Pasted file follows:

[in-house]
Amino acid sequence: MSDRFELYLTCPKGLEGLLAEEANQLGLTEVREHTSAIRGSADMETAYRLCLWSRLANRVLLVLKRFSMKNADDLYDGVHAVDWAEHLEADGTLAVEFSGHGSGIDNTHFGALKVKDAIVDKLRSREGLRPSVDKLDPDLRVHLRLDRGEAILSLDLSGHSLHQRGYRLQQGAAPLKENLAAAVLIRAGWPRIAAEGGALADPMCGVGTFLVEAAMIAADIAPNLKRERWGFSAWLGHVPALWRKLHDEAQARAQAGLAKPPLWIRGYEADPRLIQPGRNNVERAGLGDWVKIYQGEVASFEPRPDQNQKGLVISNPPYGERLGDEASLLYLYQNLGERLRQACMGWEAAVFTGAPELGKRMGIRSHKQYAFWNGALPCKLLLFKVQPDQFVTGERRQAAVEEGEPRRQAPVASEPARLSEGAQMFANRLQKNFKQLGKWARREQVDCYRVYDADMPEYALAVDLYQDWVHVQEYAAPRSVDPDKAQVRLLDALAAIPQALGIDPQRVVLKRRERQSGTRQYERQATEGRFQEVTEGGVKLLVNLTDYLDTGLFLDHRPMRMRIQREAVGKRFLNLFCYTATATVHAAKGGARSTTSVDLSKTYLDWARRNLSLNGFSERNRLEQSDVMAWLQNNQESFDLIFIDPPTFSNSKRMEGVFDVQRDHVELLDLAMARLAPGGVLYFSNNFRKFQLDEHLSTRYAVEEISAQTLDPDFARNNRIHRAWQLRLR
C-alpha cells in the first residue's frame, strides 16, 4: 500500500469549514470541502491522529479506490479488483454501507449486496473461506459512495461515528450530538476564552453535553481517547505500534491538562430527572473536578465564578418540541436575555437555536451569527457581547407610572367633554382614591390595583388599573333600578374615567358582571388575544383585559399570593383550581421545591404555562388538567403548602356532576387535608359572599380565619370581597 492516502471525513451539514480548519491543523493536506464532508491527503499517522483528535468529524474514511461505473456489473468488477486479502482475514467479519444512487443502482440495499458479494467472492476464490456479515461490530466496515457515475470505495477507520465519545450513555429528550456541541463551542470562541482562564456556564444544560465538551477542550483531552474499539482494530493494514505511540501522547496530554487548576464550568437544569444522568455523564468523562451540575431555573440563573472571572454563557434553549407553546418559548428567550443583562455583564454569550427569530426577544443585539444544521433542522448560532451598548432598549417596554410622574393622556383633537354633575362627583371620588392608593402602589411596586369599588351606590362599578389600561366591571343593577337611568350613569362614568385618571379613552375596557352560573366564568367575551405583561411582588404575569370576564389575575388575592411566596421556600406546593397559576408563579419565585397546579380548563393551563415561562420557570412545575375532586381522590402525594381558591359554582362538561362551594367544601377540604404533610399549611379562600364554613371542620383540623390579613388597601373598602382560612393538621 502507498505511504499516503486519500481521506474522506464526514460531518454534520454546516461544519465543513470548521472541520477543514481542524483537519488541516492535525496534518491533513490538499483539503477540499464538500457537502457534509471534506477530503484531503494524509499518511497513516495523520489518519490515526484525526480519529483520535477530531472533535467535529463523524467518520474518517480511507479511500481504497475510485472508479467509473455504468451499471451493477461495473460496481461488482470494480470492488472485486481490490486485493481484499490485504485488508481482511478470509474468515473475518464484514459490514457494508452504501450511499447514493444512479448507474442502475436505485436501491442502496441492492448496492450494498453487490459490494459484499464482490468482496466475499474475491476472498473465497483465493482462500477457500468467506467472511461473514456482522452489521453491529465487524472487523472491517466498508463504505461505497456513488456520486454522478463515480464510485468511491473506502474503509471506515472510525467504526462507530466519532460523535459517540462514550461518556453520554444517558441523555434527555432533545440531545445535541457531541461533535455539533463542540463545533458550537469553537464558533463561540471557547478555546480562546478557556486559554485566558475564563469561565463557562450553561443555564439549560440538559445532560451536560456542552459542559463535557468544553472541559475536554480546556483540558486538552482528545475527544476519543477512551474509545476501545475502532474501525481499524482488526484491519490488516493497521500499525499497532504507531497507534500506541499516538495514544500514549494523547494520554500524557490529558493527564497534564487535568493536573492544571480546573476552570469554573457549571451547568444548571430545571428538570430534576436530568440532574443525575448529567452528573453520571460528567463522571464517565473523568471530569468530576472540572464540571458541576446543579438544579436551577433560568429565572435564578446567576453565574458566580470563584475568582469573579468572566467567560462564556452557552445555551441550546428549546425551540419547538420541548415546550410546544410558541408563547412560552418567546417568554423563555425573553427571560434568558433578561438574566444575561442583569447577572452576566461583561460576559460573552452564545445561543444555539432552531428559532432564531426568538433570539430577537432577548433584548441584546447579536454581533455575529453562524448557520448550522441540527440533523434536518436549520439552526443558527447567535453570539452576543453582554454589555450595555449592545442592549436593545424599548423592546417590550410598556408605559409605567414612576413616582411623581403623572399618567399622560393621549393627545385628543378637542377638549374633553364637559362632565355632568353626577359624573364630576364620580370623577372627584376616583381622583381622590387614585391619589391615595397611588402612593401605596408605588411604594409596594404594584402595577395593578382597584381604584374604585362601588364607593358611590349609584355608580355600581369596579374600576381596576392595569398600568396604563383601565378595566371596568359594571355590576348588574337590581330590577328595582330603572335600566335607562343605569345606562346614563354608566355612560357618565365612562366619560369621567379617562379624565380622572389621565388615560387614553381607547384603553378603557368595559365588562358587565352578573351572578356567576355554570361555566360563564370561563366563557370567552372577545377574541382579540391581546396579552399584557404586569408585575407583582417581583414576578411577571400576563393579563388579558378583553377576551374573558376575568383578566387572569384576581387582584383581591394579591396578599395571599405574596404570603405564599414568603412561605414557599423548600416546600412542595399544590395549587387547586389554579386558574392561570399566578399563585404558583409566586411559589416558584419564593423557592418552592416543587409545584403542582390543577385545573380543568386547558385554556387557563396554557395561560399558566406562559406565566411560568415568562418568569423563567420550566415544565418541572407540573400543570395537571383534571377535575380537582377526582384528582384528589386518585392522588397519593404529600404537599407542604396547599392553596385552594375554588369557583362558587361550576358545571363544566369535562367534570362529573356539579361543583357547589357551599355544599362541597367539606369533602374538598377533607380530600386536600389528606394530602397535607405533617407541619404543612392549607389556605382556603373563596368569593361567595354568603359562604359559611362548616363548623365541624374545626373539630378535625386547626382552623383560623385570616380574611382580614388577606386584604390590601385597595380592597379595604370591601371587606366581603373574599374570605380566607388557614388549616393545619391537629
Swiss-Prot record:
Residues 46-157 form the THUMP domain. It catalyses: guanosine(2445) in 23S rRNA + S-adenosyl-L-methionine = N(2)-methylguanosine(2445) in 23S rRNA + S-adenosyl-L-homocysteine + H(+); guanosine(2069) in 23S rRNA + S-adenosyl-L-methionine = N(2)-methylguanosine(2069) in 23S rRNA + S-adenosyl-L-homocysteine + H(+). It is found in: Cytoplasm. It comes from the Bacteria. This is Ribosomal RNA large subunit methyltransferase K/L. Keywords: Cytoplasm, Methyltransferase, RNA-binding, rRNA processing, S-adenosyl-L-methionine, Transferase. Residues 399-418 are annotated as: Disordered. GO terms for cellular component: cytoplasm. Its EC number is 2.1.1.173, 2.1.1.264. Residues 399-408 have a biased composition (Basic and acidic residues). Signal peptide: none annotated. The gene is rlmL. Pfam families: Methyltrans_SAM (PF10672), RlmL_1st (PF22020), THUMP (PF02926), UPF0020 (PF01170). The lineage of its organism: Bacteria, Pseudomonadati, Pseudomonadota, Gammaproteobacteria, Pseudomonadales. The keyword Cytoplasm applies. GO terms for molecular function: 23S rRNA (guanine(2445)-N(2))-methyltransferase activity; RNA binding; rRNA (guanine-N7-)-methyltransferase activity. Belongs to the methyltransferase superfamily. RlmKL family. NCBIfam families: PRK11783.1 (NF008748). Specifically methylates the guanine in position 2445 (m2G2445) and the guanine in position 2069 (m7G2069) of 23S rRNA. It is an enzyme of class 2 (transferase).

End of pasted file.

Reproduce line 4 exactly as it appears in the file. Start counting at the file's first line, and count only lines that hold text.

Swiss-Prot record: